• To wash yourself or your dishes, carry water 200 feet away from water sources and use small amounts of biodegradable soap. Scatter strained dishwater.

Leave What You Find:

  • Preserve the past, observe, but do not touch, cultural or historic structures and artifacts.
  • Leave rocks, plants, and other natural objects as you find them.
  • Avoid introducing or transporting non-native species.

Minimize Campfire Impacts:

  • Campfires can cause lasting impacts to the environment. Consider using a lightweight stove for cooking and bring headlamps and lanterns for light.
  • If you do use a campfire to cook, use established campfire rings and grates.
  • Keep fires small. Use only wood bought locally and sticks from the ground that can be broken by hand. (Bringing wood from home especially to other states can contain tree-killing bugs or diseases that can be released into local fauna when burned.  Those local trees do not likely have immunities to fight off said bugs and diseases.)
  • Burn all wood to coals and ash. Put out campfires completely any time you leave your site.  When leaving for good scatter cool ash 200 feet away from water sources, campsites, and trails.

Respect Wildlife:

  • Wildlife is just that…WILD. Observe wildlife from a distance. Do not follow or approach them.  This should be done by experienced trackers and outdoorsmen only.
  • Never feed animals. Feeding wildlife puts them in danger, damages their health, alters natural behaviors, and exposes them to predators and other dangers.
  • Protect wildlife and your food by storing rations and trash securely. Bear canisters or bags are recommended and often required in backcountry areas.  If a bear gets to your human food it will likely be put down, please remember this.
  • Control pets at all times or leave them at home.
  • Avoid wildlife at all costs during sensitive times like mating, nesting, raising young, or winter.

Be Considerate of other users:

  • Respect other visitors and protect the quality of their experience.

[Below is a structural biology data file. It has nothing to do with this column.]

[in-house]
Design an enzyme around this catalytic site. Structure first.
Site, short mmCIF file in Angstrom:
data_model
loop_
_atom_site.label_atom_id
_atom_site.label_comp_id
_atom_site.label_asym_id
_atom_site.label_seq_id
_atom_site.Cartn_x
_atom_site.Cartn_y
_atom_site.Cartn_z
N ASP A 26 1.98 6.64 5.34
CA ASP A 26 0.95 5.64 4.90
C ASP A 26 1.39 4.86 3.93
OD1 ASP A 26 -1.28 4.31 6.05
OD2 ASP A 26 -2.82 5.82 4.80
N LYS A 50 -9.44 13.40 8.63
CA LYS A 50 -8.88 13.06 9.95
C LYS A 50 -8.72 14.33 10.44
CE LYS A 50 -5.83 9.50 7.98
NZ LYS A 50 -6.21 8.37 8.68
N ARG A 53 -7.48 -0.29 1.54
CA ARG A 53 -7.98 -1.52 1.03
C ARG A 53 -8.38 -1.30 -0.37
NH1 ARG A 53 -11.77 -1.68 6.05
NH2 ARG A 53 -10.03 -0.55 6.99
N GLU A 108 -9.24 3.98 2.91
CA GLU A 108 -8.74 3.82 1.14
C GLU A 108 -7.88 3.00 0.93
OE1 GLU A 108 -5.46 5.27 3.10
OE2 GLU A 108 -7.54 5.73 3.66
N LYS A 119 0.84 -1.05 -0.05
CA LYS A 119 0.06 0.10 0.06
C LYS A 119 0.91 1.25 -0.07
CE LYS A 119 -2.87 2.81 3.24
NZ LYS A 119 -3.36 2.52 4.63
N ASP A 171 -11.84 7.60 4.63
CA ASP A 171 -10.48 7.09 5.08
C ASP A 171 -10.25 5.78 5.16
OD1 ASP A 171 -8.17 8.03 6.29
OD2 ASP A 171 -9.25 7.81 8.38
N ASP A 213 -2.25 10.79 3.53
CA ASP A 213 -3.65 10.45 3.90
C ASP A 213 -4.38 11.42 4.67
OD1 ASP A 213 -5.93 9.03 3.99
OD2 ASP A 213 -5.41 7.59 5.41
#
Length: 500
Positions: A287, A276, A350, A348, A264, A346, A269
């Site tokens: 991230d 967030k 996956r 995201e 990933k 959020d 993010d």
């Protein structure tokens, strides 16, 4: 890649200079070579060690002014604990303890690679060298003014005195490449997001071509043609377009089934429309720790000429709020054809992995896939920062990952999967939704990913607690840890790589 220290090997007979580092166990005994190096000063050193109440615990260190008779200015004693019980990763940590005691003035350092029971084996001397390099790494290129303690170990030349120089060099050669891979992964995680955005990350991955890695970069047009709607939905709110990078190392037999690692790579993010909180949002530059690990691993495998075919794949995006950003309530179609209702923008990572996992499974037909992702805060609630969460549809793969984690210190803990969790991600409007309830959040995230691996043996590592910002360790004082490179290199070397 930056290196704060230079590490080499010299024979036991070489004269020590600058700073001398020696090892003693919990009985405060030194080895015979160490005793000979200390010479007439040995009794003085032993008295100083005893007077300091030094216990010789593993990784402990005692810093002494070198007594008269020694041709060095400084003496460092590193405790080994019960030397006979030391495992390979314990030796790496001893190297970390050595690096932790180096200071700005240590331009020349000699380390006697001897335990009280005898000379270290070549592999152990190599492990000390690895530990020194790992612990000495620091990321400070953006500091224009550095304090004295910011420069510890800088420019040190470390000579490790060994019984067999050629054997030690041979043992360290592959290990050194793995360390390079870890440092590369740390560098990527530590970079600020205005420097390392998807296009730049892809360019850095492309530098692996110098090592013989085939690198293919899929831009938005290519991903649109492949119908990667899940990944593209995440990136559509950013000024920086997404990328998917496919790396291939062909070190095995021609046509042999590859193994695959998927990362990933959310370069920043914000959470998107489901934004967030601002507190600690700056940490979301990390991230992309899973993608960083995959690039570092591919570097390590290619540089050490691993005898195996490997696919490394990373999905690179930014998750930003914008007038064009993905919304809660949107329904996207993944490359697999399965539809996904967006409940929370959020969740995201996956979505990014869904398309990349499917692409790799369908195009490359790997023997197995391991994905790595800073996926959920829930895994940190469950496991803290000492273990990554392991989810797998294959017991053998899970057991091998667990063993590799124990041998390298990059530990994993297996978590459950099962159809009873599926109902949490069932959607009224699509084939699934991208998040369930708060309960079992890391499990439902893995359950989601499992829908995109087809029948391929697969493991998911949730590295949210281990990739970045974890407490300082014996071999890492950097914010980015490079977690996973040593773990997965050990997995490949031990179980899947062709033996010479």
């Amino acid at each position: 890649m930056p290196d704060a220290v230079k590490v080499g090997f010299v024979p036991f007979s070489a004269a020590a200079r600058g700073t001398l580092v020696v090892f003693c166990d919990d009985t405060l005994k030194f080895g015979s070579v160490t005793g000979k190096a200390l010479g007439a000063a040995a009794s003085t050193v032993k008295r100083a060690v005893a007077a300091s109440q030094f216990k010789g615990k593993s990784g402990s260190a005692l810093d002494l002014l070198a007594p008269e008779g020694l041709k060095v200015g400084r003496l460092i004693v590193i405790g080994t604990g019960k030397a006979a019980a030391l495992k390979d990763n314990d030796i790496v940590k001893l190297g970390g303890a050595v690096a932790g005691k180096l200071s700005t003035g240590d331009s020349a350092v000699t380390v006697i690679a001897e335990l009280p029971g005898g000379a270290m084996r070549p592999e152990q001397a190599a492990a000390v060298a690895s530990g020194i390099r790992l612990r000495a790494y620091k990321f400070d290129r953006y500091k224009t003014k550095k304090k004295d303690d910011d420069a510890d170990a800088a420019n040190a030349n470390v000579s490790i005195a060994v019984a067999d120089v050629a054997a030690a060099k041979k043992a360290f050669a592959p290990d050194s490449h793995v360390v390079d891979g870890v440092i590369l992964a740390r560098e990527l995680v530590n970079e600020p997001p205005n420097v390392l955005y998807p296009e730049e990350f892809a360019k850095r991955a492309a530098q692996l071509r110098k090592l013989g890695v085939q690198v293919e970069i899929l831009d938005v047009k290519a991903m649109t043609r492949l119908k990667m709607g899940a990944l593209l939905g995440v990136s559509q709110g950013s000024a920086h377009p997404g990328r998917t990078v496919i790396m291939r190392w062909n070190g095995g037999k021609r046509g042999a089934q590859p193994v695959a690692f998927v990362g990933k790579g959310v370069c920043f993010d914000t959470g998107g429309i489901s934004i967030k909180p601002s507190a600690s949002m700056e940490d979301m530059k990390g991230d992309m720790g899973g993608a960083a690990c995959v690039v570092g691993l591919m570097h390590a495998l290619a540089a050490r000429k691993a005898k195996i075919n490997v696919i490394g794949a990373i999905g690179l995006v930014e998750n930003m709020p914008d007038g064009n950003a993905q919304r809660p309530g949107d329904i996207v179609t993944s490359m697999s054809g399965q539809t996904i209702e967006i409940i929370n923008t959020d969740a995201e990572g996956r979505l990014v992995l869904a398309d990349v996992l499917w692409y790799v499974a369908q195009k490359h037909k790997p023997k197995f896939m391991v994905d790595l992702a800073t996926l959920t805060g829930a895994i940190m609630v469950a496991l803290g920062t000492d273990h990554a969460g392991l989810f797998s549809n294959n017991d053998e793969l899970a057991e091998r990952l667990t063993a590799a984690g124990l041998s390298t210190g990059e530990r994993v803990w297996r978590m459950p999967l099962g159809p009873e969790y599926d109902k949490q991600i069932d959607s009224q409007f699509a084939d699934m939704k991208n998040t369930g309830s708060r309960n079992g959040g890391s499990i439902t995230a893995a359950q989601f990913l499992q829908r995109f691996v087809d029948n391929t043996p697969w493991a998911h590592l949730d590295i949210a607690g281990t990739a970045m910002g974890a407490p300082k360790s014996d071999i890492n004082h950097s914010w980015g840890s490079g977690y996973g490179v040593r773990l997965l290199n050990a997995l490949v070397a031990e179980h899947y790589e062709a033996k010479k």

• This includes playing music while camping, climbing, hiking. If you do play music keep the volume low but it is even better to listen to nature.
    • This also includes drones. Drones are cool and the pictures you can get are awesome, but they are also typically quite loud.  Use them sparingly and always ask your neighbors before flying.
  • Be courteous. Yield to others on the trail.
  • Step to the downhill side of the trail when encountering pack stock.
  • Take breaks and camp away from trails and other visitors.

Most of these principles have been tried and true for 50+ years but as our modern world develops so should our best practices in the outdoors.  It also seems to me that many of us out there have forgotten or simply don’t know these principles.  It can be tempting to take the easy route or leave unwanted items behind but, when one person does it another does and another and soon once beautiful wilderness areas look like trash cans and toilets.

Remember you aren’t the only one out there and public lands are for all to use.  Be respectful of others and more importantly of nature.  Doing so sets the example for others in the wilderness and for future generations of enjoyment.   -MU




Leave a Reply

Your email address will not be published. Required fields are marked *